Skip to main content

Withings’ new Sleep Analyzer detects sleep apnea and your biggest sleep problems

Withings’ new Sleep Analyzer detects sleep apnea and your biggest sleep problems
(Image credit: Withings)

Today, Withings has released the Sleep Analyzer, a sleep tracker capable of monitoring most aspects of sleep, and detecting sleep apnea, a serious medical condition where a person’s breathing stops and starts involuntarily during sleep. Withings has designed the Sleep Analyzer in collaboration with clinical sleep experts in France, and it now replaces the Withings Sleep as the brand’s default sleep tracker. 

The Sleep Analyzer is a non-contact device that sits on top of your mattress at chest level and tracks how long you slept for, how much time you spent in each sleep cycle (deep, light, REM) – and how that affects your health – and whether there were any sleep disturbances. Many things can affect your sleep, from health conditions to noise pollution in your bedroom. In-bed comfort is another barrier, and if that resonates with you, consider investing in the best mattress or one of the best pillows for your sleep style.

With the Sleep Analyzer, each morning you get a personalized Sleep Score based on your previous night’s sleep, plus insight into how you can sleep better. Results are recorded in the Withings Health Mate app (iOS, Android), and you can share data with your doctor or sleep specialist for review.

What is sleep apnea

According to the American Sleep Apnea Association, sleep apnea is ‘an involuntary cessation of breathing that occurs while the patient is asleep.’ There are three types of sleep apnea: obstructive, central, and mixed, with obstructive sleep apnea (OSA) being the most common. 'OSA is caused by a blockage of your airway, usually when the soft tissue in the rear of the throat collapses and closes during sleep.'

Sleep apnea detection is a brand new feature, and Withings claims its device is the world’s first to offer sleep apnea tracking at home. The American Sleep Apnea Association states that, ‘Left untreated, sleep apnea can have serious and life-shortening consequences: high blood pressure, heart disease, stroke, automobile accidents caused by falling asleep at the wheel, diabetes, depression, and other ailments.’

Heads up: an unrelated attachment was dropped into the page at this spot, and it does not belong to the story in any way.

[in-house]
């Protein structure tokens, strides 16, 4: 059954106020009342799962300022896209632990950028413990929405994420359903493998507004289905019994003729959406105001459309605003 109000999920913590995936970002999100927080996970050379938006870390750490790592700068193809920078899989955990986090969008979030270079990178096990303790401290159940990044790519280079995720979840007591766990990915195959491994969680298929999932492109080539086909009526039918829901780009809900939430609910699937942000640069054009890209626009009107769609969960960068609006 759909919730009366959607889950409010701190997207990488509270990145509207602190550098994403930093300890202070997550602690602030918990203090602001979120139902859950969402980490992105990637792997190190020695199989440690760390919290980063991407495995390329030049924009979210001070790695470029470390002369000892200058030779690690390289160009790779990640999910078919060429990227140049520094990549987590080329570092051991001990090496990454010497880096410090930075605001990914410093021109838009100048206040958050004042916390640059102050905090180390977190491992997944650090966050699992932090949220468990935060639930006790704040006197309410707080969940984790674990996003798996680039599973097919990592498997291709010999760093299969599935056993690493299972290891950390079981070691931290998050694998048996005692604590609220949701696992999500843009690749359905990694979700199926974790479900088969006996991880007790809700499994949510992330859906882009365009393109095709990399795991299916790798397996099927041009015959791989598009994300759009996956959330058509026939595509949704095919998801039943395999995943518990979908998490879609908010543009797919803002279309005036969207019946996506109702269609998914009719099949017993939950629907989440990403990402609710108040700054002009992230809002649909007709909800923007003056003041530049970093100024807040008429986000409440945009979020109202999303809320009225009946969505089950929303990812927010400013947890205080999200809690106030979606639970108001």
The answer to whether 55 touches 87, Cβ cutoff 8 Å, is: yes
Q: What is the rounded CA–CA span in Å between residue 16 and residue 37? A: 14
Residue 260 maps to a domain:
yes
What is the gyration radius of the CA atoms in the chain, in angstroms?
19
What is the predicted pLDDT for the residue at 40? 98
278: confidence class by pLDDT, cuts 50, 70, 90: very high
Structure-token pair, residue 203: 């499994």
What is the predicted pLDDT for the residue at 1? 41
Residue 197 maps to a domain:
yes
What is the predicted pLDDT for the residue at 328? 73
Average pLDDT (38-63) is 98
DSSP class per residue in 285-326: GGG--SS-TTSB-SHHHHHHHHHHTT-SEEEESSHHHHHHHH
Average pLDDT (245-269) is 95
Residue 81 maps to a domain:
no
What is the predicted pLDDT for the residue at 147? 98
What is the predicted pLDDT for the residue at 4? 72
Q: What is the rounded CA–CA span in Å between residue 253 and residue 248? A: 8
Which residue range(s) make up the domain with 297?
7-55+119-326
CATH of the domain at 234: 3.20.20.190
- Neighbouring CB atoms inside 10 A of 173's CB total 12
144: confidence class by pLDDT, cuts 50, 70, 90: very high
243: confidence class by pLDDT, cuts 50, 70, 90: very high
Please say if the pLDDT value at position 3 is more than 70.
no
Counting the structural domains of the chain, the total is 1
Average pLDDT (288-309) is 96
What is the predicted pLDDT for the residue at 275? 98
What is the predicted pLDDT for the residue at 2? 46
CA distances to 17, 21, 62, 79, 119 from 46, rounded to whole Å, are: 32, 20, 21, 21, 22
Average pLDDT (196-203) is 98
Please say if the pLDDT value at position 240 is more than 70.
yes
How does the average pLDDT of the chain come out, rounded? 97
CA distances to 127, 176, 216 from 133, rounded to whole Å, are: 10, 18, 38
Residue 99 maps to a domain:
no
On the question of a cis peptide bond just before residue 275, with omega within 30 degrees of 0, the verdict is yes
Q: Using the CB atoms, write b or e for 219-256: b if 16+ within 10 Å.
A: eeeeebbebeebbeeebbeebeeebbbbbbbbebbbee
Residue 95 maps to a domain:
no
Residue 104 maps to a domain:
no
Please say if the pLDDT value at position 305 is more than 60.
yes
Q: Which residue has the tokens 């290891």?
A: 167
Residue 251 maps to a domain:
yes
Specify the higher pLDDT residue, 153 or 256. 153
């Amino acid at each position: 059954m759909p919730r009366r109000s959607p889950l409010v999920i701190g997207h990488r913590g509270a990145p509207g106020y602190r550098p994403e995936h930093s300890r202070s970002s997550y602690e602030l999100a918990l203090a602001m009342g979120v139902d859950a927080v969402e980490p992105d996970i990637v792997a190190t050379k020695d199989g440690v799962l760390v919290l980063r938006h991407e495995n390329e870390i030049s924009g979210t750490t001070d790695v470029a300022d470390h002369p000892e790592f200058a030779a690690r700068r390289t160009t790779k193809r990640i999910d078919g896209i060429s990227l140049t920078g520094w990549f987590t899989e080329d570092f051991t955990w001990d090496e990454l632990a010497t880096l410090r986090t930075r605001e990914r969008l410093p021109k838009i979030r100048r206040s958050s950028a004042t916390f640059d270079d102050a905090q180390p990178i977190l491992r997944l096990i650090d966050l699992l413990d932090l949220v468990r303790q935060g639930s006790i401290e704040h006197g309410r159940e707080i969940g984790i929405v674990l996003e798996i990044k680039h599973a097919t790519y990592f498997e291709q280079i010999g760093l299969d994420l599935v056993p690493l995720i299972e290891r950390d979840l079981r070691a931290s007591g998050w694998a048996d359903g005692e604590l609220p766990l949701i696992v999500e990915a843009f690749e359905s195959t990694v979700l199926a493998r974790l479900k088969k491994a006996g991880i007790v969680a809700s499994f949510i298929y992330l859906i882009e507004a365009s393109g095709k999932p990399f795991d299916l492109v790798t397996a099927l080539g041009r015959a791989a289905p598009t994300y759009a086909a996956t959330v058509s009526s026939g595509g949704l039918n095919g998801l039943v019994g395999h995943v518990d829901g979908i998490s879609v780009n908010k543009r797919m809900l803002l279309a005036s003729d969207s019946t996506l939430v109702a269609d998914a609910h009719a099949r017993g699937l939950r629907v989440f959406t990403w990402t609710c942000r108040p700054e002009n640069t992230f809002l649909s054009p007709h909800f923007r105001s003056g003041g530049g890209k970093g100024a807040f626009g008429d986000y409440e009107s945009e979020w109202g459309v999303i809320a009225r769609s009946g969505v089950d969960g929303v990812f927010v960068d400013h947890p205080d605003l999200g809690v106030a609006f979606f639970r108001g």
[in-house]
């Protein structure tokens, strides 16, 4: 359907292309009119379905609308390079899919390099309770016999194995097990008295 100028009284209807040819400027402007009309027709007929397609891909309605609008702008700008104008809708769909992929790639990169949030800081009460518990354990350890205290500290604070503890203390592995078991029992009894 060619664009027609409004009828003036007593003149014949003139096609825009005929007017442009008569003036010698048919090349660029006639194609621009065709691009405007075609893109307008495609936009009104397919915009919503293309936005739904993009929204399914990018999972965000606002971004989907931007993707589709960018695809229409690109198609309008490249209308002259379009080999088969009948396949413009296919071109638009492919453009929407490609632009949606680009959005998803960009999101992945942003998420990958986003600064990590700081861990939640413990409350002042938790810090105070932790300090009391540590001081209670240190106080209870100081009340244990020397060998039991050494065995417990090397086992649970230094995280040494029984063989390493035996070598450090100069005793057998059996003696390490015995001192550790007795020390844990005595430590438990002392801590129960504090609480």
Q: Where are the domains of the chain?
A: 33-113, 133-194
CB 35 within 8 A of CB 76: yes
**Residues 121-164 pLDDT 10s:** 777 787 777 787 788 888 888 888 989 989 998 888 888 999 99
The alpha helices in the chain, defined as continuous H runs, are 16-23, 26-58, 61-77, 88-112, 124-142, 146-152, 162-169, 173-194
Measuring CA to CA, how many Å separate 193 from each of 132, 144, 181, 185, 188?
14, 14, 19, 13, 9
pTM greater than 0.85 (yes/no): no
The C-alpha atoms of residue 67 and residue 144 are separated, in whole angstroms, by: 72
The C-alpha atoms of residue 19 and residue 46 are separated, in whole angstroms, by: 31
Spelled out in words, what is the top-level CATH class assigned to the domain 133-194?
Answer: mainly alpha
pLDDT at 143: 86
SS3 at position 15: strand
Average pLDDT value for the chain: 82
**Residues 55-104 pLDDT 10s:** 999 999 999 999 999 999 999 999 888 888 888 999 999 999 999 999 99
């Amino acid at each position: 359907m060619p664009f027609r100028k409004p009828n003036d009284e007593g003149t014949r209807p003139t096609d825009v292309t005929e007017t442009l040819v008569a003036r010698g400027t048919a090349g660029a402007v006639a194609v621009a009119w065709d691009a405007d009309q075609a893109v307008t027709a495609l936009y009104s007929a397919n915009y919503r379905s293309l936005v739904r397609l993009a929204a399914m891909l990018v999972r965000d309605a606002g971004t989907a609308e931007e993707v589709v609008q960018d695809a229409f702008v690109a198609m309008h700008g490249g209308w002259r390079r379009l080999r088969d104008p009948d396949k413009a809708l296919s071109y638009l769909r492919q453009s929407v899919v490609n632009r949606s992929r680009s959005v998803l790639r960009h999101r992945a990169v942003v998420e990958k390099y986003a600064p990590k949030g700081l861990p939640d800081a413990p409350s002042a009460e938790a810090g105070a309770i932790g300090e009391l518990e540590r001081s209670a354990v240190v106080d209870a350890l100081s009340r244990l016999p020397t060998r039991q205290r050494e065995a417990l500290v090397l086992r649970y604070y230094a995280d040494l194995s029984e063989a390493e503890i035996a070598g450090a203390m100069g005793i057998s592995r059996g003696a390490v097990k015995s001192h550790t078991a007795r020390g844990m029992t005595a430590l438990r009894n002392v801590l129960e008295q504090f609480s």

The Withings Sleep Analyzer tracks snoring and thoracic activity, and uses heart activity tracking, to detect episodes of sleep apnea, plus the severity. Withings developed the Sleep Analyzer in collaboration with sleep experts at Hôpital Béclère in Paris, France, and says its sleep apnea detection capability compares highly to the results generated by long-standing medical sleep analysis. 

Withings Sleep Analyzer

(Image credit: Withings)

Withings submitted the Sleep Analyzer for validation through a clinical study run in conjunction with Hôpital Antoine Béclère in France and Hôpital St-Pierre in Belgium. The study compared the Sleep Analyzer to Polysomnography (PSG), a form of medical sleep analysis performed on patients in sleep clinics.  The aim of the study, which involved 118 patients, was to gauge the sleep tracker’s precision when performing diagnostic tests of sleep apnea to find moderate-severe cases.

The study found that the Sleep Analyzer had similar average Apnea-Hypopnea Index (measures the severity of sleep) results to PSG. The Sleep Analyzer’s average AHI was 32.5, compared to PSG’s 32.8.

Withings Sleep Analyzer

(Image credit: Withings)

How well are you really sleeping?

The Sleep Analyzer itself is a 25x7.5-inch mat that slips under your mattress. Withings says it’s a one-time setup affair, including pairing with the app. Once set up, the sleep tracker uses two sensors. The first is a sound sensor, which identifies snoring and cessation of breathing episodes. The second is a pneumatic sensor that measures respiratory rate, body movements across the mattress, and continuous heart rate, tracking your overall sleep duration, sleep disturbances (including noise), and how long you spent in each sleep cycle.

The tracker can also tell if you didn’t enter a specific sleep cycle to help you understand if you have any sleep issues you’re currently unaware of. For example, why you feel so tired each morning even though you think you’re getting enough quality sleep. For those of you who find it difficult to fall asleep within a reasonable timeframe, consider downloading one of the best meditation apps to help you get into a more relaxed state conducive to sleep.

Each morning you’ll be presented with a Sleep Score in-app, breaking down how well you slept. The score is based on sleep duration, sleep depth (and how often you’re getting such deep, replenishing sleep), and any sleep interruptions. Via the app you can view over-arching Sleep Score trends to see if there are any re-occurring patterns of when your sleep takes a nose-dive. 

The Withings Sleep Score has been developed with sleep physicians and uses a specific weighting to reflect the importance of each ‘sleep item’ from a physiological point of view. The most important is sleep duration, which accounts for more than 50% of your Sleep Score, and the second most important parameter is sleep depth.

The Withings Sleep Analyzer will be available in the United States following FDA clearance. It launches in the UK today, costing £119.95 (approx $148). No word yet on US pricing, but we’ll let you know as soon as it’s available for purchasing. 

If fancy the idea of sleep tracking, yet don't want to wait for the Sleep Analyzer to become available in America, many of the best fitness trackers and best smartwatch options also offer sleep tracking – see our top picks below, including a Withings smartwatch. Though it's important to note that the level of tracking will differ compared to the more dedicated sleep tracking offered by the Sleep Analyzer. Those wearables also need to be worn on your wrist, whereas the Withings device sits under your mattress for non-contact tracking.